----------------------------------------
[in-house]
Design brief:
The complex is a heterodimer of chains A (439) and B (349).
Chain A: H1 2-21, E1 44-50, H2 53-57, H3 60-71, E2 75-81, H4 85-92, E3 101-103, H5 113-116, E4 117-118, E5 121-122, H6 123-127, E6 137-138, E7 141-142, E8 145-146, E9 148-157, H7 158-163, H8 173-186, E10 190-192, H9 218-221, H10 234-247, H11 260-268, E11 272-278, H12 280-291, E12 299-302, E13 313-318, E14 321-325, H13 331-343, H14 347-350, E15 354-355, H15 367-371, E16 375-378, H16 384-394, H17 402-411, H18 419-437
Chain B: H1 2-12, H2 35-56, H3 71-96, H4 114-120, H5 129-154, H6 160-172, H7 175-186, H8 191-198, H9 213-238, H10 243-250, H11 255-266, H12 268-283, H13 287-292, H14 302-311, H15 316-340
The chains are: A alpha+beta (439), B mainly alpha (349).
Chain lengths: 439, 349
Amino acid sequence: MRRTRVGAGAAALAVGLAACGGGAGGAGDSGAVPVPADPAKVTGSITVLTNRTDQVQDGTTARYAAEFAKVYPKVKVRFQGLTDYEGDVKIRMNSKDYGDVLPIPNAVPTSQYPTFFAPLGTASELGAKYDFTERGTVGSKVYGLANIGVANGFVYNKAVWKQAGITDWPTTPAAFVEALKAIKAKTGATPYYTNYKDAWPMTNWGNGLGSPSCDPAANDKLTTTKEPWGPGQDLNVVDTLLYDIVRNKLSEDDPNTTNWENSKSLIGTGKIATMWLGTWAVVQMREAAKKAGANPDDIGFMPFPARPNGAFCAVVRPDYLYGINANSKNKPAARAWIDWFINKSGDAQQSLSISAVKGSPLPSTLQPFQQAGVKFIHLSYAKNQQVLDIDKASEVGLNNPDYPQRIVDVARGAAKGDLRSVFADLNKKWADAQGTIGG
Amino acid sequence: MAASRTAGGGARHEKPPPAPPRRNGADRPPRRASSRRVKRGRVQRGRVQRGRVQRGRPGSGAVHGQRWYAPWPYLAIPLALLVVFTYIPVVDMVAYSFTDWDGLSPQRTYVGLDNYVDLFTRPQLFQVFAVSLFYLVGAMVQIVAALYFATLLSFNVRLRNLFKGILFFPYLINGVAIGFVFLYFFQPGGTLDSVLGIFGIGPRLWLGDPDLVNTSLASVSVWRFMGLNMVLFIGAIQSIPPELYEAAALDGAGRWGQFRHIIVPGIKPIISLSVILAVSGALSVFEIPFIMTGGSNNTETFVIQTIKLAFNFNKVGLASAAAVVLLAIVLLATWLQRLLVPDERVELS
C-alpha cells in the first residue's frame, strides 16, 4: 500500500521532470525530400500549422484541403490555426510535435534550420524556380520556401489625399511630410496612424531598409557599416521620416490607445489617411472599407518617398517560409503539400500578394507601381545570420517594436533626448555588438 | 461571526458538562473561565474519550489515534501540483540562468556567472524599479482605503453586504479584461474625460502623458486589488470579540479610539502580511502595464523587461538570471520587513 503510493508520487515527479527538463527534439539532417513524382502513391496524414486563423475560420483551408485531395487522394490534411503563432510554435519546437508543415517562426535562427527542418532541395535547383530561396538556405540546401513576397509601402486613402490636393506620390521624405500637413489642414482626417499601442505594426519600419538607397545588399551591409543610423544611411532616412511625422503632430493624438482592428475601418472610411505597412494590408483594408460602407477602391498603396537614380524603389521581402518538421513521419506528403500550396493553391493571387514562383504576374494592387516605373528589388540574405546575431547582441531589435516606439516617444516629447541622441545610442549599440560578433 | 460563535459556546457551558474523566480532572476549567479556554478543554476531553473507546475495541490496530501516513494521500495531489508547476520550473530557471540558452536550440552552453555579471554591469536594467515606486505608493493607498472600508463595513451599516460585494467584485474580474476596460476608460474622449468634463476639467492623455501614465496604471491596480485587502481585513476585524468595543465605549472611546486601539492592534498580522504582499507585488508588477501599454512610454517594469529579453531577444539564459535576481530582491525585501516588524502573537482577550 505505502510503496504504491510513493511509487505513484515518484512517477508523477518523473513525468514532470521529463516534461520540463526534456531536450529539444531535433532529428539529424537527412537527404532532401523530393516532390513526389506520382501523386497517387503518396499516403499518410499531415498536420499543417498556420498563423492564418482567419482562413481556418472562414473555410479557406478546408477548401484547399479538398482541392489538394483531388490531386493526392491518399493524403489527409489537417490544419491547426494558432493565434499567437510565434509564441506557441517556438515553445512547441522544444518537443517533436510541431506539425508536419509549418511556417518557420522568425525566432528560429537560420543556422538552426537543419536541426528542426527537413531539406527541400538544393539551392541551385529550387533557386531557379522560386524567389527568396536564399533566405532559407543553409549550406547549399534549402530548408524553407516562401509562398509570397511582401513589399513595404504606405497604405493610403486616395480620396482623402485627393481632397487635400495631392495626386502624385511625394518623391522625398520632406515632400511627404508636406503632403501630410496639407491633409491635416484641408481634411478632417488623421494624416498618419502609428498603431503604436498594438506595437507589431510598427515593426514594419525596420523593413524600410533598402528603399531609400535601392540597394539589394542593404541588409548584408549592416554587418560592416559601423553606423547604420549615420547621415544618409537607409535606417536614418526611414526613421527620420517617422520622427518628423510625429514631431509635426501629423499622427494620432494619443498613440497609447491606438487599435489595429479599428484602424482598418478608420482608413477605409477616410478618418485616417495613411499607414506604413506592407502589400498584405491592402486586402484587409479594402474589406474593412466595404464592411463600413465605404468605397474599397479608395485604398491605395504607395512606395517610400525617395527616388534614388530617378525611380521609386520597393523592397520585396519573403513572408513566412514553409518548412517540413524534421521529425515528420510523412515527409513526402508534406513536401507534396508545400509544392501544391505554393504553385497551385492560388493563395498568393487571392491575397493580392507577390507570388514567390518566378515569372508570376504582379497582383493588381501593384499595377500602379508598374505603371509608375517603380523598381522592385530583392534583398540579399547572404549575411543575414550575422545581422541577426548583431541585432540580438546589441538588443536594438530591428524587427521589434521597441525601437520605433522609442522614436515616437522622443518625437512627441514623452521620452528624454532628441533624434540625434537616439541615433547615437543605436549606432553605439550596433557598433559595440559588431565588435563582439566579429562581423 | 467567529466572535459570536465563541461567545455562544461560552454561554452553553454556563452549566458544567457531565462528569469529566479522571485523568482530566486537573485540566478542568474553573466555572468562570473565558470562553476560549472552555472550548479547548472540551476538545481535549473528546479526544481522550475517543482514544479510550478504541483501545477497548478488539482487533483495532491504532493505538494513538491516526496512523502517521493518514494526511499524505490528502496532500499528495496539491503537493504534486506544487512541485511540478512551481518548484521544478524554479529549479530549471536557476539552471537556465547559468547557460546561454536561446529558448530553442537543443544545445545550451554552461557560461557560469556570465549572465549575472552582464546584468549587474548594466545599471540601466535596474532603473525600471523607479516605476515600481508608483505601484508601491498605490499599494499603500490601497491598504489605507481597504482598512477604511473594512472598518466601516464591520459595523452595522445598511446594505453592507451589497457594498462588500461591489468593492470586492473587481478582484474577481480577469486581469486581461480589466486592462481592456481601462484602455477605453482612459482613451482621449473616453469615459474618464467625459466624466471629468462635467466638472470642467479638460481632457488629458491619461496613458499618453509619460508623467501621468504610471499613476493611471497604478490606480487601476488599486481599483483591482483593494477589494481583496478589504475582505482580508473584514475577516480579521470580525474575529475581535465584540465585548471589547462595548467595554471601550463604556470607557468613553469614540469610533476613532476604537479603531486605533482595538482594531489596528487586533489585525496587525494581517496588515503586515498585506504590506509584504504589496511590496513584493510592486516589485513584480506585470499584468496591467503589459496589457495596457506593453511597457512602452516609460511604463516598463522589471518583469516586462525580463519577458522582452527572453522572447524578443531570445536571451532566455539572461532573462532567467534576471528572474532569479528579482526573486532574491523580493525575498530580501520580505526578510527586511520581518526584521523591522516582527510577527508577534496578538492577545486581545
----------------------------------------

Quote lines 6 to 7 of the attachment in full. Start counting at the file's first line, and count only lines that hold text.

The chains are: A alpha+beta (439), B mainly alpha (349).
Chain lengths: 439, 349